When contacting new prospects for the very first time, wouldn’t it be great to have a 30% to 50% success rate instead of the standard 1% to 2%? Think about it. If only one or two out of a hundred people actually chooses to engage with you, with the rest of your opportunities going down in flames, it almost seems inhumane to ask someone to continue making that many calls with such a low success rate.
It turns out that making cold calls in 2017 is a bad strategy. Salespeople hate to make them because they incur such a high rate of rejection, and customers hate to take cold calls because they perceive them as useless wastes of time. Consequently, cold calling tends to produce an extremely low return on invested sales effort (ROISE).
Now, I‘m not saying you shouldn’t call prospective customers, nor am I suggesting that you make fewer calls or work less. I’m just saying that you shouldn’t make “cold” calls any more. Fortunately, there is a better way.
What’s the problem with a cold call? The answer is simple: Temperature. Cold calls tend to sound vague and purposeless, rather than valuable, credible or relevant to the person on the receiving end of the call. So, what do you suppose the chances of making a sale are if the customer’s first impression is that this call is probably going to be a waste of time? Perhaps I should just come right out and ask: When is a good time for you to take cold calls from a salesperson you don’t yet know or trust? I think you’d say that it’s never a good time. But, what if it was possible to change the customer’s mentality to be more receptive to your calls?
Let me give you a sample of what a cold call typically sounds like:
Salesperson: “Good afternoon, Mr. Customer, my name is Joe Smith and I’m with Equitable Real Estate Life Insurance Mortgage Company. I wanted to introduce myself and see if there would be a good time to set up a meeting so I can show you how our products could help you manage your short-term monetary goals and well as help with your longer-term financial planning.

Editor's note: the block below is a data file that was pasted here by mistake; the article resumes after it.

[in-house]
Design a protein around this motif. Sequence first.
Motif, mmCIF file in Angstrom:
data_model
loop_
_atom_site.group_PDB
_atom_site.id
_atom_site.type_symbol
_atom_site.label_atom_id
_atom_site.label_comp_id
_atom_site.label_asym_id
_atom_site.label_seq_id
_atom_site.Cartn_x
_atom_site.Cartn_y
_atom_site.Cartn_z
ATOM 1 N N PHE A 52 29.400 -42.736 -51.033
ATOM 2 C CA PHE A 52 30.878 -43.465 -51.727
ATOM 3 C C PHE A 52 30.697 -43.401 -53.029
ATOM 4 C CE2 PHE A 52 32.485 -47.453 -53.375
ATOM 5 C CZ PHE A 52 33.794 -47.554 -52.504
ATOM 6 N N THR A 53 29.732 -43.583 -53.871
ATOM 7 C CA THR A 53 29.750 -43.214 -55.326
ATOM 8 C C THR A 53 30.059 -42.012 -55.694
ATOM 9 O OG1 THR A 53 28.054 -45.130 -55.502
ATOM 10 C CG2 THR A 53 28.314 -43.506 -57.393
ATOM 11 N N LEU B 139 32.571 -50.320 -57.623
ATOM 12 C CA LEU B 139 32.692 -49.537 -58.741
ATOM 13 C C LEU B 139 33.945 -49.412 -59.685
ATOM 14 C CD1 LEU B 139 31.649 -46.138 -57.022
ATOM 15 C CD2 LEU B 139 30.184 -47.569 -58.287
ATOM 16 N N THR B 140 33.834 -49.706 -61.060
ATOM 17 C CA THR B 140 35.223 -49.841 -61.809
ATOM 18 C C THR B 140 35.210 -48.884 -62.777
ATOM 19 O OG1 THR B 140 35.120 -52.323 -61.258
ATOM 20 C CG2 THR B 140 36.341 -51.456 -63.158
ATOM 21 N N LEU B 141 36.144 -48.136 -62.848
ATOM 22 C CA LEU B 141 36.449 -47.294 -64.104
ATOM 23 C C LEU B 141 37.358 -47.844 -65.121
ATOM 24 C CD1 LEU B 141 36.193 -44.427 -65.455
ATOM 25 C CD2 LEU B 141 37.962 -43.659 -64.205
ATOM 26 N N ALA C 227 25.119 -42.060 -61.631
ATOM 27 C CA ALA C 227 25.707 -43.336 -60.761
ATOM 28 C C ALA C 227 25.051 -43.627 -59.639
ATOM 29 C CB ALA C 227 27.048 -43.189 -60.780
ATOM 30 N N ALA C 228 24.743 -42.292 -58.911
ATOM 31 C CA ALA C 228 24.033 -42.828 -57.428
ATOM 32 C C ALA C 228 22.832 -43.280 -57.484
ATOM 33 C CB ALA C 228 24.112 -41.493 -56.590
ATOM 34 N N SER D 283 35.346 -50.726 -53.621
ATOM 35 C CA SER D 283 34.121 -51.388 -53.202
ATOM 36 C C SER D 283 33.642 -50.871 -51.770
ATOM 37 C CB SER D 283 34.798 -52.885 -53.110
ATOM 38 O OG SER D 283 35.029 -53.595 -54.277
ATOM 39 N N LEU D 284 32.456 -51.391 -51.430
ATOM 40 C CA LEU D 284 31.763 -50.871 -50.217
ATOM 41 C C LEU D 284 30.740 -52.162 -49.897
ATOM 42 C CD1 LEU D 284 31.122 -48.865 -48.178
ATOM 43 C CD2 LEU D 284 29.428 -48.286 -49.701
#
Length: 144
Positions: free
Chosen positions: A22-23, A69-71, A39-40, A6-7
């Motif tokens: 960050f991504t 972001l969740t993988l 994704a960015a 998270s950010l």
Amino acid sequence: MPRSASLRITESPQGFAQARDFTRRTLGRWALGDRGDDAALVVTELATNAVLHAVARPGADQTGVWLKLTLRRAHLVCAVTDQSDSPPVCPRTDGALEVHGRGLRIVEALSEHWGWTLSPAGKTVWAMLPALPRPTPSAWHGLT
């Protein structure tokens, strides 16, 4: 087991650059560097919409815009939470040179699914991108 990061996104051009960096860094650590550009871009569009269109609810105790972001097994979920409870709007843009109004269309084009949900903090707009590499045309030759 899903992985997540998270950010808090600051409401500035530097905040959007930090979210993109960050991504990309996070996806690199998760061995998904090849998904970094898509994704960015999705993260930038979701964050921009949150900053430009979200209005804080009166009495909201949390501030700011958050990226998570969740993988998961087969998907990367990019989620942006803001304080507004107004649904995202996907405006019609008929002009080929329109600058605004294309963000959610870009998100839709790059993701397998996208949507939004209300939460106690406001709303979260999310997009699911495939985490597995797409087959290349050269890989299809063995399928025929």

Customer: “Ahh…no, thanks.” (click)
Sure, you can mix up the words a bit and pacify yourself by thinking that your cold calls sound much different than the sample above; but at the end of the day, we should care less about what we say, and focus instead on what the customer hears. Without being customer-focused, sellers end up leaving lots of voice- mails that never generate return calls. Same with email—email messages are constantly being sent into the abyss of the decision makers’ inboxes, never to be heard from again. And, if you’re lucky enough to get through to a “live” person, customers have learned the easiest way to get a salesperson off the phone is to either say, “No, thanks…”, or simply ask, “Can you send me information?”
In either case, a potential opportunity is squandered because the salesperson doesn’t sound purposeful, relevant, valuable, or credible. If there was a fix for this, wouldn’t you rather convert more potential opportunities into real prospects? This entire conundrum is explained in Chapter 12 of my first book (Secrets of Question Based Selling), which is appropriately titled, Turning Cold Calls into Luke Warm Calls.
The key to transforming cold-calls into luke-warm calls is to understand that people are generally reluctant to share information with someone they don’t yet know or trust. You can easily prove this theory for yourself. Just walk up to someone you don’t know and ask, “Ma’am, what’s your biggest problem?” What do you think will happen? My money says they’ll give you a dirty look and then walk away.